United Kingdom: Ban on abusive chants by football fans

NEWS

##PagePublishedLong##

United Kingdom:


Ban on abusive chants by football fans

The British football club Tottenham Hotspur has vowed to ban fans guilty of offensive or abusive chanting. The Scottish government is currently considering a law about it.

A football match between English Premier League and London arch-enemies Arsenal and Tottenham Hotspur saw a minority of fans taunt Togolese striker Emmanuel Adebayor about the gun attack on his national football team before the Africa Cup of Nations in Angola in 2010.

In a rare moment of unity between the two sides a joint press release was issued which stated:

“[We] were extremely disappointed to hear the chants from supporters. Neither club tolerates foul language, racist chanting, homophobic chanting or any anti-social behaviour from its supporters. We shall be working closely with each other to identify the individuals involved.”

Tottenham Hotspur added they would ban fans who were involved.

The line between offensive and witty
Ben Wyatt, CNN Digital Sport Producer, commented the statement saying, “The fans were rightly admonished for their actions, and some would argue this is a good precedent to set for a game which has seen fans from both teams – who both have a tradition of Jewish support – subjected to notorious songs about Nazi gas chambers down the years. The difficulty with the precedent for football more widely is in the determination of what constitutes an offensive song and a passionate, if witty, chant? How many soccer fans could honestly say they have never crossed the line?”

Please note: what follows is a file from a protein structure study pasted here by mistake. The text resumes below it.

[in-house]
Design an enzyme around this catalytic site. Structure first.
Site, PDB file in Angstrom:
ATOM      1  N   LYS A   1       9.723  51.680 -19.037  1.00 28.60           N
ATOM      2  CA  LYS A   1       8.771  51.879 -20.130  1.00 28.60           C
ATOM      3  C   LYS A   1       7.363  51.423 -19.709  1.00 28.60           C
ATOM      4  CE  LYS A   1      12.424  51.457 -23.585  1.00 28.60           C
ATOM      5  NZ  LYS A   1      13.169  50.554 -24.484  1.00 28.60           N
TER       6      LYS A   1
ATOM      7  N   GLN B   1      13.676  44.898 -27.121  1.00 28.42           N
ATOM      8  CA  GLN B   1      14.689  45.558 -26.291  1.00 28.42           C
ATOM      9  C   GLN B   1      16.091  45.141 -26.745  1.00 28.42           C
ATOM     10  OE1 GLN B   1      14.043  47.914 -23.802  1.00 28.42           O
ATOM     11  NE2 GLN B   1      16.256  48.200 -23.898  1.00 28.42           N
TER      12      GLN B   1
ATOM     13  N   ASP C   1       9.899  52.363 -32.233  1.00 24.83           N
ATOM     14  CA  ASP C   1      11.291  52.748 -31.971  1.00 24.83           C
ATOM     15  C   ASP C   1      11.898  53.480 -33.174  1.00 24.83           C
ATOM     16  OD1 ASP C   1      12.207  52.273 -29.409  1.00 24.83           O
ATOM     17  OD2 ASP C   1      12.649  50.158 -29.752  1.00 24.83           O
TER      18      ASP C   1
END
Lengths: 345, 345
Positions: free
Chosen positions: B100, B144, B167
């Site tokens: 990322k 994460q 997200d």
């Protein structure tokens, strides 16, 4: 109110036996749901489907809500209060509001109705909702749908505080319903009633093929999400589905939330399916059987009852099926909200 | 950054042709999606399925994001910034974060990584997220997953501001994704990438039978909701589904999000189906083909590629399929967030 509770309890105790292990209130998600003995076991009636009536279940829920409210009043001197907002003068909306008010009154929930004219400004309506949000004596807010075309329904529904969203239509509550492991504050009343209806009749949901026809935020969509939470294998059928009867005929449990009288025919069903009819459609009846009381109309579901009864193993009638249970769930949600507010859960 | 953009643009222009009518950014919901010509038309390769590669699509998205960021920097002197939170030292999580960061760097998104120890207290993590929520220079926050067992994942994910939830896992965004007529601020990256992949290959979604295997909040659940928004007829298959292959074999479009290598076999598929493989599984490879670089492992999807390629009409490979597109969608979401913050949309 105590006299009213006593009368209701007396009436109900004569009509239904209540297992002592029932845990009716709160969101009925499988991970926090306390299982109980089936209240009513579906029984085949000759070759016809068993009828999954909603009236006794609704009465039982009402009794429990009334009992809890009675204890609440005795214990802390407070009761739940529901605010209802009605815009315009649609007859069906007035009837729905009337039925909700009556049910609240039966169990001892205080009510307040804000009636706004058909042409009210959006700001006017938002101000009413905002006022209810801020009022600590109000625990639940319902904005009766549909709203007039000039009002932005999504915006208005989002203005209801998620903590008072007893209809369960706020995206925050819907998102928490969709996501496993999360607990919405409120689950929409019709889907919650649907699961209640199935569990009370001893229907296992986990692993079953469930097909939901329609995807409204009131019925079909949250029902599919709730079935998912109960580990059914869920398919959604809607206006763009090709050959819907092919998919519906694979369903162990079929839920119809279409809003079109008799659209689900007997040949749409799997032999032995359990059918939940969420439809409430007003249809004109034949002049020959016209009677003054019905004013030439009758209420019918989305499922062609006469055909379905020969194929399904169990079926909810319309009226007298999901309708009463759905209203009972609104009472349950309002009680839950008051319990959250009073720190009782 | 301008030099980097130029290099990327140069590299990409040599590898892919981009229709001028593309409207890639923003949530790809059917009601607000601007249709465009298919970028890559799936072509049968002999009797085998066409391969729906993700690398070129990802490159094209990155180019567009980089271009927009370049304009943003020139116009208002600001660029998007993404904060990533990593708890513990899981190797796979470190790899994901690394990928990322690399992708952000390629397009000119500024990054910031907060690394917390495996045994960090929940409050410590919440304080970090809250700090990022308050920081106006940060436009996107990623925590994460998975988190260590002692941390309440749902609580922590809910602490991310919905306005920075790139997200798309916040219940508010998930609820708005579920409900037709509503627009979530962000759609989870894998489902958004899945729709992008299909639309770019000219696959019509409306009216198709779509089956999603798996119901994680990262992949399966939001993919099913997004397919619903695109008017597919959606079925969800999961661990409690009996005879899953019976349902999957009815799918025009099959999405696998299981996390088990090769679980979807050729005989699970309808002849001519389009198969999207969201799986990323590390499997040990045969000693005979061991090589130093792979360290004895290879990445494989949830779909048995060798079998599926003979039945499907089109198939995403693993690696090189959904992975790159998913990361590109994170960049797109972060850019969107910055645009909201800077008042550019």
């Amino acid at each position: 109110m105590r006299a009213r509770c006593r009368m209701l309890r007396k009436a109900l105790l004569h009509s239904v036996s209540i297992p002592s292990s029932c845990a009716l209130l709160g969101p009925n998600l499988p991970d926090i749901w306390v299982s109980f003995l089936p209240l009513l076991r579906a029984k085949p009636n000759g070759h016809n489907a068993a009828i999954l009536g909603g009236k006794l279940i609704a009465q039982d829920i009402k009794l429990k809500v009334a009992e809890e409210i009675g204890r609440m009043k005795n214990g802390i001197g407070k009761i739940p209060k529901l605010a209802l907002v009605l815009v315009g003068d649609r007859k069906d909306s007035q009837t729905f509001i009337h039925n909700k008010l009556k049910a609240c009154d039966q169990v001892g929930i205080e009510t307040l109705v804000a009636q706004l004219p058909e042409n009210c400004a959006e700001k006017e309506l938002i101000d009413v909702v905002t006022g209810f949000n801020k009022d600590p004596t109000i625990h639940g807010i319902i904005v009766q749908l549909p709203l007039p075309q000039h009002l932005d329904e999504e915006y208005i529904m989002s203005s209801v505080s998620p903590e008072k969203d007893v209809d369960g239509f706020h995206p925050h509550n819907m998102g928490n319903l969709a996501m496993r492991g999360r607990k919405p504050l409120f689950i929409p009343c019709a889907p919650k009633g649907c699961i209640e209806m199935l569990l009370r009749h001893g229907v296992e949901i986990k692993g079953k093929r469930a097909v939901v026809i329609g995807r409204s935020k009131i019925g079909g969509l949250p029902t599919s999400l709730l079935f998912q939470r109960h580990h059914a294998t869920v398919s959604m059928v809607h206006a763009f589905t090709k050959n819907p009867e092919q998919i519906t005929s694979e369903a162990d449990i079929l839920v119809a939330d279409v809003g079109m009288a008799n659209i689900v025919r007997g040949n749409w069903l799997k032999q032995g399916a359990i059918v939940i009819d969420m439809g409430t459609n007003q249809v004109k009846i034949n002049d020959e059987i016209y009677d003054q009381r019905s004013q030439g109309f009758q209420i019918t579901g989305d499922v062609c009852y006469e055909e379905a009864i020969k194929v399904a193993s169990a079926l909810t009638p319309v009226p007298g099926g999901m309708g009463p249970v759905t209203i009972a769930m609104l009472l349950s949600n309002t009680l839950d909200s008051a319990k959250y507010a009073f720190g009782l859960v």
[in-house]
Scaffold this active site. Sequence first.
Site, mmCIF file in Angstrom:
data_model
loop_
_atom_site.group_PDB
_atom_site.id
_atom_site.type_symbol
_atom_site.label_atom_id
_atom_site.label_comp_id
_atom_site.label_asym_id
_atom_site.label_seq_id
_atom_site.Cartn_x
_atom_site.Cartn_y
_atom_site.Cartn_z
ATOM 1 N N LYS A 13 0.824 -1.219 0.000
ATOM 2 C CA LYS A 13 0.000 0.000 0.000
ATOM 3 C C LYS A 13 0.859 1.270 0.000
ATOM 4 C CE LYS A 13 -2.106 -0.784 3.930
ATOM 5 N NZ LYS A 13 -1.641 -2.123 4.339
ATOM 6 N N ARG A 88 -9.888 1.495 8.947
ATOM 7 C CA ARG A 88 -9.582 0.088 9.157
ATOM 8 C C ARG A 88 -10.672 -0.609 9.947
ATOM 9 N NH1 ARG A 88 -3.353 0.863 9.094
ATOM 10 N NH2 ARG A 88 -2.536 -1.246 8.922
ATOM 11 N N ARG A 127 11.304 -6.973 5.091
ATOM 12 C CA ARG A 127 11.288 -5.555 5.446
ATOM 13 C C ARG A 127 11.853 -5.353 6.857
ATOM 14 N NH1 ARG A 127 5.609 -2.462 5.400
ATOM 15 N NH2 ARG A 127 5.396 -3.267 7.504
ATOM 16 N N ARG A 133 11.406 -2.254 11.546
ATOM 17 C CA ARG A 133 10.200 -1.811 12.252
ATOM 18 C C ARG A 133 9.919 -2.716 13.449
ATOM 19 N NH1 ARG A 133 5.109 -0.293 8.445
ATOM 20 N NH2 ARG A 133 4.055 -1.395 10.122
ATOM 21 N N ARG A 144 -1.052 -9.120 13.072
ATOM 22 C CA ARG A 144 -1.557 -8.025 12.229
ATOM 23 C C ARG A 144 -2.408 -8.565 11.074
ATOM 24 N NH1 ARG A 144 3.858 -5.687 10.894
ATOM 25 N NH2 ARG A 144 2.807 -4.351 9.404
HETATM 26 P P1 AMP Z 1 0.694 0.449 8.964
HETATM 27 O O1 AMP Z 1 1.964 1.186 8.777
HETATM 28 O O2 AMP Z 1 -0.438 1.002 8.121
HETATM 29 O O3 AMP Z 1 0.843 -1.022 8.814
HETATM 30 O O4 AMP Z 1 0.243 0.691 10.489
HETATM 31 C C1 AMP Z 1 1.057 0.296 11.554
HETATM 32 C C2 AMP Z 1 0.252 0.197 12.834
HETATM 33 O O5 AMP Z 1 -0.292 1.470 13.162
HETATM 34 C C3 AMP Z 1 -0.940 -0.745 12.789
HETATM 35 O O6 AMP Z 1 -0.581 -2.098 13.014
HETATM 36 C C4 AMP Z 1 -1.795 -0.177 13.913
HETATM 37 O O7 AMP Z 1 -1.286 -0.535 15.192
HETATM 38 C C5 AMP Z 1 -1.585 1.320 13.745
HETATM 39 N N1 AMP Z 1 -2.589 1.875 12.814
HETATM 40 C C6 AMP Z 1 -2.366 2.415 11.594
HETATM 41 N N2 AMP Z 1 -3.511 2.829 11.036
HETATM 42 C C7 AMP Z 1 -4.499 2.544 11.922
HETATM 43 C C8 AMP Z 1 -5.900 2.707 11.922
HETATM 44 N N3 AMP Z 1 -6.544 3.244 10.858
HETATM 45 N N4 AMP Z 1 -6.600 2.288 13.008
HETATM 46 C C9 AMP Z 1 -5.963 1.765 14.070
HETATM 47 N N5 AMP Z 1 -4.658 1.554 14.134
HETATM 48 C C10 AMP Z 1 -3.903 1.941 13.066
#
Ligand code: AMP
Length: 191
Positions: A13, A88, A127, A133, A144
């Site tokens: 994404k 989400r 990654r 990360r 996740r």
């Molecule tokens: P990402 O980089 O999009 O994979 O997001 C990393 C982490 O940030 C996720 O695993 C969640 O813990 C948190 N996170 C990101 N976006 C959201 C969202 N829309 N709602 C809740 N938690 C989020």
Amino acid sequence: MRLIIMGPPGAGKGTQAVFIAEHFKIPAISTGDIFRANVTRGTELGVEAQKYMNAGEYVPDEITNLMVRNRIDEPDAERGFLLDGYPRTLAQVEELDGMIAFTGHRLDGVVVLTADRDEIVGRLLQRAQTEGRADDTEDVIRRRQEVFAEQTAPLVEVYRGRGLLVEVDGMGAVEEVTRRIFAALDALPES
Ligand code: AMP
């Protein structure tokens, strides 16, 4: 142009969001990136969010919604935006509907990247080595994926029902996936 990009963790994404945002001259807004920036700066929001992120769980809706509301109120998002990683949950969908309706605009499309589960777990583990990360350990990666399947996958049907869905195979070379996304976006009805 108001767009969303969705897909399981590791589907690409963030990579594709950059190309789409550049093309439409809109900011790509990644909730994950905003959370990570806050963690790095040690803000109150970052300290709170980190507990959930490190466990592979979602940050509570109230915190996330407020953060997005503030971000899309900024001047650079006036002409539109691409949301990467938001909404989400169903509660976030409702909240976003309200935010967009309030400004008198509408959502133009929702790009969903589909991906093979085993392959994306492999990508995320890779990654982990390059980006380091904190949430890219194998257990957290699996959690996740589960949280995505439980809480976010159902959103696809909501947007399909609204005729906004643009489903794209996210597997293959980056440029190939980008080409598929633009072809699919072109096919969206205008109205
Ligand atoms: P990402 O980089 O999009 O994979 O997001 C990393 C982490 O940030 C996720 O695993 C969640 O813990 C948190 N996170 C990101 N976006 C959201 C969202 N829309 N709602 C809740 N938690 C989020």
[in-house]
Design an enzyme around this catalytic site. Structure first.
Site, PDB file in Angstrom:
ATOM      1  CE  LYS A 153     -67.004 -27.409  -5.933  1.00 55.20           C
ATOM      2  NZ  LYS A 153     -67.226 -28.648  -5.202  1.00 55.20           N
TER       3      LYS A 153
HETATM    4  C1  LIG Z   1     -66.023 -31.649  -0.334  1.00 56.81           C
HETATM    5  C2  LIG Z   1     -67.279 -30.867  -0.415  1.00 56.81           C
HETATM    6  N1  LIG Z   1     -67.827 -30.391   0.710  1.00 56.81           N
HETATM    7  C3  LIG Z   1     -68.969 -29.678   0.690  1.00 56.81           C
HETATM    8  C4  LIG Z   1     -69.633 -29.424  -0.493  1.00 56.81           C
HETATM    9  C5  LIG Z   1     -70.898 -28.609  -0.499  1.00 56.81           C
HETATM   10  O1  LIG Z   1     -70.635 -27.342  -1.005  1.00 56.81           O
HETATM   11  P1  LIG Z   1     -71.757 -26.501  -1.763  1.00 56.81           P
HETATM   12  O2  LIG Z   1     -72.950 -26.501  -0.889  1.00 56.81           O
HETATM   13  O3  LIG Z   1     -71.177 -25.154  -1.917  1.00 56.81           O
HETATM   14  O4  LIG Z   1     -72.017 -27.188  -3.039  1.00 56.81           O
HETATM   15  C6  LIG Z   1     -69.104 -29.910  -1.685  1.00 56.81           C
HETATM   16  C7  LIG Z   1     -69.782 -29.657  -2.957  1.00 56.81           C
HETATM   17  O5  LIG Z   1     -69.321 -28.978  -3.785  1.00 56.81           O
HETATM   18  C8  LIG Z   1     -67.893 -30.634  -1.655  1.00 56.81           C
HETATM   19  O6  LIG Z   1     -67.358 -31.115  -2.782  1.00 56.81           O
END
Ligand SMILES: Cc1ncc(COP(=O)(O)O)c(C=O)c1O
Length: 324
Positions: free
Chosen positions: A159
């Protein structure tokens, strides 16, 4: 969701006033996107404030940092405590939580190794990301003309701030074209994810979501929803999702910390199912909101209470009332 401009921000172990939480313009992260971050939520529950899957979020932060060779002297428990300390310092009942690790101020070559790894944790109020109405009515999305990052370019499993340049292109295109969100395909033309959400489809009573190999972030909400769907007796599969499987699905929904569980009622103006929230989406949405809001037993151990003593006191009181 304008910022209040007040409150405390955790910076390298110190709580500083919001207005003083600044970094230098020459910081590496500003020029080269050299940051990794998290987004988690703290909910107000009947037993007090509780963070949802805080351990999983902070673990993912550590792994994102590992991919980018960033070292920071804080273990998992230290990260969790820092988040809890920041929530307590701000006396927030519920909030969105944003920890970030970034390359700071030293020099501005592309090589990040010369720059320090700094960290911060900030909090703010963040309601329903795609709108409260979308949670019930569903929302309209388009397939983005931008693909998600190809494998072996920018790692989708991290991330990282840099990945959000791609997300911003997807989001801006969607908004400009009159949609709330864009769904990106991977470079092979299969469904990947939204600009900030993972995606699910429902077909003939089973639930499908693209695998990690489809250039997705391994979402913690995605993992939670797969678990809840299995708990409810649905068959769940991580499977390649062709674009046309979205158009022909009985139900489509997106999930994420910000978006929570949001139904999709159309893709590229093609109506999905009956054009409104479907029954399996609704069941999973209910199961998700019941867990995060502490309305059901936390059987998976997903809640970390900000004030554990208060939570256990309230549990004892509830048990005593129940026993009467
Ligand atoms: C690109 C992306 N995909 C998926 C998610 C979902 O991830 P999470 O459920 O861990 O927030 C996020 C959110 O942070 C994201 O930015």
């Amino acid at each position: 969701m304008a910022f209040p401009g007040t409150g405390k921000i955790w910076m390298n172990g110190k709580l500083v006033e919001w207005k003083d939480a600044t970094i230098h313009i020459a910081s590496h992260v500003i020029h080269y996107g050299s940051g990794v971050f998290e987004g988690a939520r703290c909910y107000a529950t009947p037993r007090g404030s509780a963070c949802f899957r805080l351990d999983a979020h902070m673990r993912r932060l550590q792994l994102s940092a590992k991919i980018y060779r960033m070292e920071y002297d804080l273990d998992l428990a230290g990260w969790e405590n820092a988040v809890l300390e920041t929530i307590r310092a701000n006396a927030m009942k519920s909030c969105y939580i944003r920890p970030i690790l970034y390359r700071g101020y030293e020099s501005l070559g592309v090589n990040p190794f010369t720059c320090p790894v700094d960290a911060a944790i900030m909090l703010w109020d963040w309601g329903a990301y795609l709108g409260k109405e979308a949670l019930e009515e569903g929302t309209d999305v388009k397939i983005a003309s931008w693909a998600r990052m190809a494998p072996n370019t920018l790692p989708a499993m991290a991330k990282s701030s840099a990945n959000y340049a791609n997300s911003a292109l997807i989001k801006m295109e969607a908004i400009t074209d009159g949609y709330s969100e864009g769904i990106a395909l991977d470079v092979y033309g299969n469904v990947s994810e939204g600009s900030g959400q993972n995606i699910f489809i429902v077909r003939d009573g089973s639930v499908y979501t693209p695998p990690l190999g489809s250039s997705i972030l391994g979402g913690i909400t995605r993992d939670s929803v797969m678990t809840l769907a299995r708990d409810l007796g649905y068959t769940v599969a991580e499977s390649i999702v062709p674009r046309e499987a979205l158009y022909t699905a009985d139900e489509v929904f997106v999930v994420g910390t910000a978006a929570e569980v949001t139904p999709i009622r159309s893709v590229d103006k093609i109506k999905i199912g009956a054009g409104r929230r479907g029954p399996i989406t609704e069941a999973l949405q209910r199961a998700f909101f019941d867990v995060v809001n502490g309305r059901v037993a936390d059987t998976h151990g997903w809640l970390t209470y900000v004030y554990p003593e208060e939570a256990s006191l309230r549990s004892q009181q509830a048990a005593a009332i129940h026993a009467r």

Up to six years in prison
The Scottish government is currently considering a law that would ban the singing of offensive songs at football matches. A six-year prison sentence could follow for anyone found guilty. Read more…

Disappointed, not surprised
Emmanuel Adebayor said he was disappointed but not surprised by Arsenal fans’ bad singing about him.

“If I can survive the bullets in Angola then a few mindless insults will have little impact,” he was quoted as saying.



Emmanuel Adebayor
 
 
 

United Kingdom
 
 
 


Latest news on this topic

Google News – continuously updated:

Search: “Emmanuel Adebayor” + “Tottenham” + “Arsenal” + “chants”

Sources

CNN – 4 October 2011:

‘Can football chants ever go too far?’

BBC News – 2011:

‘Tottenham vow to ban fans over offensive chants in Arsenal game’



Read more about ‘hate music’ on freemuse.org

Go to top
Related reading on freemuse.org

Schwarz, Boris
Music and Musical Life in Soviet Russia 1917-1970.
Barrie & Jenkins, London, 1972, ISBN 0.214.65264.5